Today's recall of Sony laptops isn't the company's first encounter with overheating computers. Back in 2008, Sony recalled four VAIO models due to worries over potential burn hazards. The problem was caused by irregularities in the wiring and a loose screw inside the screen hinge, which could have caused a short-circuit and overheating. That recall affected 73,000 models in the U.S.
Sony's also been involved in recalls of overheating batteries. In 2008, the batteries, which were used in laptops from HP, Dell, Toshiba, and Compaq, caused at least 17 fires. Prior to that, the company recalled more than 9 million of its lithium-ion batteries, concerned over microscopic metal particles that might have penetrated the battery cells during manufacturing, leading to potential fire hazards.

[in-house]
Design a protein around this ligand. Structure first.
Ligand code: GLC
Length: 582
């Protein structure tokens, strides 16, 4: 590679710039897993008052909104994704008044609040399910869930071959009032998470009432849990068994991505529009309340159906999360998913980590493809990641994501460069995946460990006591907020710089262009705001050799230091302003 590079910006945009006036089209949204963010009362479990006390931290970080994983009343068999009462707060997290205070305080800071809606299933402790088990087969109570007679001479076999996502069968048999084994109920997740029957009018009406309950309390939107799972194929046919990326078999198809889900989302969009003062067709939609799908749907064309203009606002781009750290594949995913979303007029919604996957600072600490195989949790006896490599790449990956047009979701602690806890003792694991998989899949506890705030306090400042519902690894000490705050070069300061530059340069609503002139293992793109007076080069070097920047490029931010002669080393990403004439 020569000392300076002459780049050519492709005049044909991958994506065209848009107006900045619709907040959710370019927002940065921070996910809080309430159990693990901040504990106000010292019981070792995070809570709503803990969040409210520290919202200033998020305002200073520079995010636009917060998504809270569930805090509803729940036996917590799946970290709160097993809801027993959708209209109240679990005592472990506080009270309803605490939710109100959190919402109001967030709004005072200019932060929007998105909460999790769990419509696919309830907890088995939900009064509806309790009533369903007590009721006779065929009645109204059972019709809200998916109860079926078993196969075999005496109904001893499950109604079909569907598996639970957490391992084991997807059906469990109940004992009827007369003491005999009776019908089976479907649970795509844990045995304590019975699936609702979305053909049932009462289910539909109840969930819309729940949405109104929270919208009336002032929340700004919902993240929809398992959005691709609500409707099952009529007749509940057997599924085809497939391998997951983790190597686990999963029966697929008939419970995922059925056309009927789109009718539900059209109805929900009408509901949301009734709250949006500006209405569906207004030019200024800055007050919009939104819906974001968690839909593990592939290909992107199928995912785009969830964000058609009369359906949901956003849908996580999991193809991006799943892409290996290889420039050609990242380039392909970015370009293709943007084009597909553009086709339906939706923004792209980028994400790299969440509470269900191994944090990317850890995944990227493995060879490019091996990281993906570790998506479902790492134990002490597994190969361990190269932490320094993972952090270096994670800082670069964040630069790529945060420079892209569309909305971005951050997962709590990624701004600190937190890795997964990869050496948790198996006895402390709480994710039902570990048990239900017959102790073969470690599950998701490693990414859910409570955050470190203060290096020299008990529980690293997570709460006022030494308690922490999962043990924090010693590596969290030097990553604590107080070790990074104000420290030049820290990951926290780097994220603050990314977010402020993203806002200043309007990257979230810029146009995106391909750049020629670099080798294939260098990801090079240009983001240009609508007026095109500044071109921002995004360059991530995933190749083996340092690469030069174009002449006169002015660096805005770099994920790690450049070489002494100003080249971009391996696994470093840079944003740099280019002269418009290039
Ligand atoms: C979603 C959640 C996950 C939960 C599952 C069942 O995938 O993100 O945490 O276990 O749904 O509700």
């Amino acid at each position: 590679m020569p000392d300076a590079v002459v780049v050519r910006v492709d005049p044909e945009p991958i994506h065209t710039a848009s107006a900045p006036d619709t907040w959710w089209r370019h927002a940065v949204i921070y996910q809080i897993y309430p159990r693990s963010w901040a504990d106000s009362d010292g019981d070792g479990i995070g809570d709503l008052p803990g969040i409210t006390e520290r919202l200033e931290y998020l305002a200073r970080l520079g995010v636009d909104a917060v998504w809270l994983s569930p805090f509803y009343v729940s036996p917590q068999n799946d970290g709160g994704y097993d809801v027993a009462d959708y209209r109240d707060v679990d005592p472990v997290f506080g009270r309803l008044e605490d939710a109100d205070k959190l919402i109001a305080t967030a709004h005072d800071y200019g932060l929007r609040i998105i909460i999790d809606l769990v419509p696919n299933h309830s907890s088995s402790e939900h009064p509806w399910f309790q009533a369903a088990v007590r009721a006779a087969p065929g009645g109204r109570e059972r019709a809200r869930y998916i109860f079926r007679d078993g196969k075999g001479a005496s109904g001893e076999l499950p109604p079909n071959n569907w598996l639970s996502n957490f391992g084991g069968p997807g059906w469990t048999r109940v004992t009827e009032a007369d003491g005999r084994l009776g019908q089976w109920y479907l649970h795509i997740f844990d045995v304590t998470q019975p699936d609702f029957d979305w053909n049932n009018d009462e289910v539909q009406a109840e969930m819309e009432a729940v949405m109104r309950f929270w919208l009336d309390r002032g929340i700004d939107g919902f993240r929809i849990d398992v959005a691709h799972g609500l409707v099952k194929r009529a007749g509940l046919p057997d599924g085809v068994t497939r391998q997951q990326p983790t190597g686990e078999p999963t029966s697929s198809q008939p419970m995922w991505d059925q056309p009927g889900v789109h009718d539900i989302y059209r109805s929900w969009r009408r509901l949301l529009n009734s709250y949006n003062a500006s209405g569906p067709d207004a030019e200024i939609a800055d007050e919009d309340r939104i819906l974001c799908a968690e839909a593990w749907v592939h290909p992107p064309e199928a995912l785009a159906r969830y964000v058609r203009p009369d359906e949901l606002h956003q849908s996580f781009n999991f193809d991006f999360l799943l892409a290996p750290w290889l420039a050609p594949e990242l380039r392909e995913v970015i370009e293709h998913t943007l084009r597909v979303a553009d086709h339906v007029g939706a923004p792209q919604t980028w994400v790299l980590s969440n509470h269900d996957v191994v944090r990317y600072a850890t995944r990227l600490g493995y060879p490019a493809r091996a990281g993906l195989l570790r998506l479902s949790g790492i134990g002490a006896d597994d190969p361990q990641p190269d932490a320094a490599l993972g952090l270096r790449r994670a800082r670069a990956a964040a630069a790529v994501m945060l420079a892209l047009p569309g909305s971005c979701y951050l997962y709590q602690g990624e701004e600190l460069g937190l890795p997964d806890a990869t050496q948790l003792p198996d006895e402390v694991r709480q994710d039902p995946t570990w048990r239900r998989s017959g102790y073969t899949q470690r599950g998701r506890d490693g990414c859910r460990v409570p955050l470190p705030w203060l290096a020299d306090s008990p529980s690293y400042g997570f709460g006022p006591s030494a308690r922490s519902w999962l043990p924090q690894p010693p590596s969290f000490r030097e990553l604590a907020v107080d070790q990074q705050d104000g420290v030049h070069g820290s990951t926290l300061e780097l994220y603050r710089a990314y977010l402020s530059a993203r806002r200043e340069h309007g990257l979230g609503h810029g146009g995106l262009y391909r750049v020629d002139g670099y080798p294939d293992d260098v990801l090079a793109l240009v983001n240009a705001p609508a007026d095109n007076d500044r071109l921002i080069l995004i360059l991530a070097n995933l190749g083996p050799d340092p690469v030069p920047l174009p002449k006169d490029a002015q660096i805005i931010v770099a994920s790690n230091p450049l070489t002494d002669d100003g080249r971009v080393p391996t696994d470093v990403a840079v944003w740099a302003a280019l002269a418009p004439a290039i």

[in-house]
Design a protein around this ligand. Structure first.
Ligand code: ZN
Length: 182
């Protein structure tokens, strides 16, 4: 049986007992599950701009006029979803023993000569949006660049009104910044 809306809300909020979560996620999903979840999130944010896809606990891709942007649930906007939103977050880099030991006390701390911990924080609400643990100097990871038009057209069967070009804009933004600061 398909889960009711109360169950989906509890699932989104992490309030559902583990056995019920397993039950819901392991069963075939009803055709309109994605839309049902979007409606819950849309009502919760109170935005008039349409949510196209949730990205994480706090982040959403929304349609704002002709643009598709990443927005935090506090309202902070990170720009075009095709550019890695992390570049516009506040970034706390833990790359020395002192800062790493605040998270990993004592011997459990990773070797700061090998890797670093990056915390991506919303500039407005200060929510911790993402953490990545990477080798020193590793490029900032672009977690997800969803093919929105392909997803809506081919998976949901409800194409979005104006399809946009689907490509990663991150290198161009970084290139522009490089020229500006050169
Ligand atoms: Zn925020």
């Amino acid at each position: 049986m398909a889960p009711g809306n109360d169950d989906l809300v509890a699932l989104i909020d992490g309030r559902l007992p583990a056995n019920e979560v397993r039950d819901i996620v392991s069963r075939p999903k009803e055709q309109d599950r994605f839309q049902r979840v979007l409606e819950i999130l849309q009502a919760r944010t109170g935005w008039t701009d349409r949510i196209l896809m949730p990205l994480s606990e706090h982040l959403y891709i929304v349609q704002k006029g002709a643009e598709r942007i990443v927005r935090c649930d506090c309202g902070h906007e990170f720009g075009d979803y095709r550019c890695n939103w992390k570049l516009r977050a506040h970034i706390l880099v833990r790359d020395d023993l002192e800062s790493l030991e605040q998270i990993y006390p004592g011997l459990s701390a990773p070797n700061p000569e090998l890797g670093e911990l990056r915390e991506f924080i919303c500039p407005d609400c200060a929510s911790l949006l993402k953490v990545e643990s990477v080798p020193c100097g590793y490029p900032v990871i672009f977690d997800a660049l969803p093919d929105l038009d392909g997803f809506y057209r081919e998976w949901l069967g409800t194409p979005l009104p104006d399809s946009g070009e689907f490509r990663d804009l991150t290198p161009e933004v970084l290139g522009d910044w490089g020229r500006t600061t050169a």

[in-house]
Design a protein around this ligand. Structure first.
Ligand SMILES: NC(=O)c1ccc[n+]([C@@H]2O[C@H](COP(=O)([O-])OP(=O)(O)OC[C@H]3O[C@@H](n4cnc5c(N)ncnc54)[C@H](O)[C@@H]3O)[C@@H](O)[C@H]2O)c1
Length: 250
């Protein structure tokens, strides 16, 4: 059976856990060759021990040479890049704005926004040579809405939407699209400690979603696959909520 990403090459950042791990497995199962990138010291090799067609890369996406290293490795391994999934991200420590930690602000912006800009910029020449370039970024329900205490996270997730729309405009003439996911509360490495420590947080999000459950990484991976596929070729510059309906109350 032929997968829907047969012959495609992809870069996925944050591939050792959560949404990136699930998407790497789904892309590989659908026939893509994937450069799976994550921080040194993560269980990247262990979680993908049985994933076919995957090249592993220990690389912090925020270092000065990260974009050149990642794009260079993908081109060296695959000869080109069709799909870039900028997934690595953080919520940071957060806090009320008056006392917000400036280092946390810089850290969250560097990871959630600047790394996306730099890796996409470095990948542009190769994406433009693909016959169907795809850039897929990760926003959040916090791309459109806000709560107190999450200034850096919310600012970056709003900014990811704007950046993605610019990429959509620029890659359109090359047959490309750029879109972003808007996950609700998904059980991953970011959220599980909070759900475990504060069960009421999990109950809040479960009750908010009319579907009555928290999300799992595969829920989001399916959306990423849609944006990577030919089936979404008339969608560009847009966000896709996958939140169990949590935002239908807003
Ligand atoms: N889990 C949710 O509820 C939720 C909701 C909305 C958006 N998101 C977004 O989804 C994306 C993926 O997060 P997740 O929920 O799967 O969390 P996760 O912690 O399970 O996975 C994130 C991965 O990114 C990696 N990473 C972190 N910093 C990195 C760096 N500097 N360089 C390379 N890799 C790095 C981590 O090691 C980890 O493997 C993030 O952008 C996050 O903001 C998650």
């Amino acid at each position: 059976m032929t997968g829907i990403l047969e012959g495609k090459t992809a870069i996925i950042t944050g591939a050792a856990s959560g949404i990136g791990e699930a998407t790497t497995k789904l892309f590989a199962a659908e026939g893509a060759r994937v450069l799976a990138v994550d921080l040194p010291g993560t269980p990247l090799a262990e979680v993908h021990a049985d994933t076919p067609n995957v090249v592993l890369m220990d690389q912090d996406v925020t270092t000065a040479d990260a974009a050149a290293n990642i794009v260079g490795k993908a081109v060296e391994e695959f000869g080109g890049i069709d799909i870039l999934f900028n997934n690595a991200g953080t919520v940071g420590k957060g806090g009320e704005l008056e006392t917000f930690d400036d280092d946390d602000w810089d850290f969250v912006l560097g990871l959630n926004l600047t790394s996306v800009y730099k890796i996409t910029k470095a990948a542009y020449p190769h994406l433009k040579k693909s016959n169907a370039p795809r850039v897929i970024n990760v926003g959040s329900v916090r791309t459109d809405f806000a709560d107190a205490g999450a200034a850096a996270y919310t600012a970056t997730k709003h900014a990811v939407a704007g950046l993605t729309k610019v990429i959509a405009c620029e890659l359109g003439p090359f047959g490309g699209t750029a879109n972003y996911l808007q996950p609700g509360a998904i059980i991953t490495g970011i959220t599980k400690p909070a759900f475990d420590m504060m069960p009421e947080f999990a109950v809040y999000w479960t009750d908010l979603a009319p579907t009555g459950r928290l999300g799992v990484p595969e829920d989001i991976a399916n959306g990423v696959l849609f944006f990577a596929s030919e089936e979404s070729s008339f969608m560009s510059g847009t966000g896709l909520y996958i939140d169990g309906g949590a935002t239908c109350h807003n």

For this latest recall, if you perform the remedy Sony recommends, be sure to carefully follow Sony's advice to avoid permanently damaging your computer. Don't attempt the update while running on battery power—make sure the laptop is plugged in. Don't let it go into hibernate or sleep mode. Close all other programs, and don't open programs during the update. It's wise to do a backup before anything else.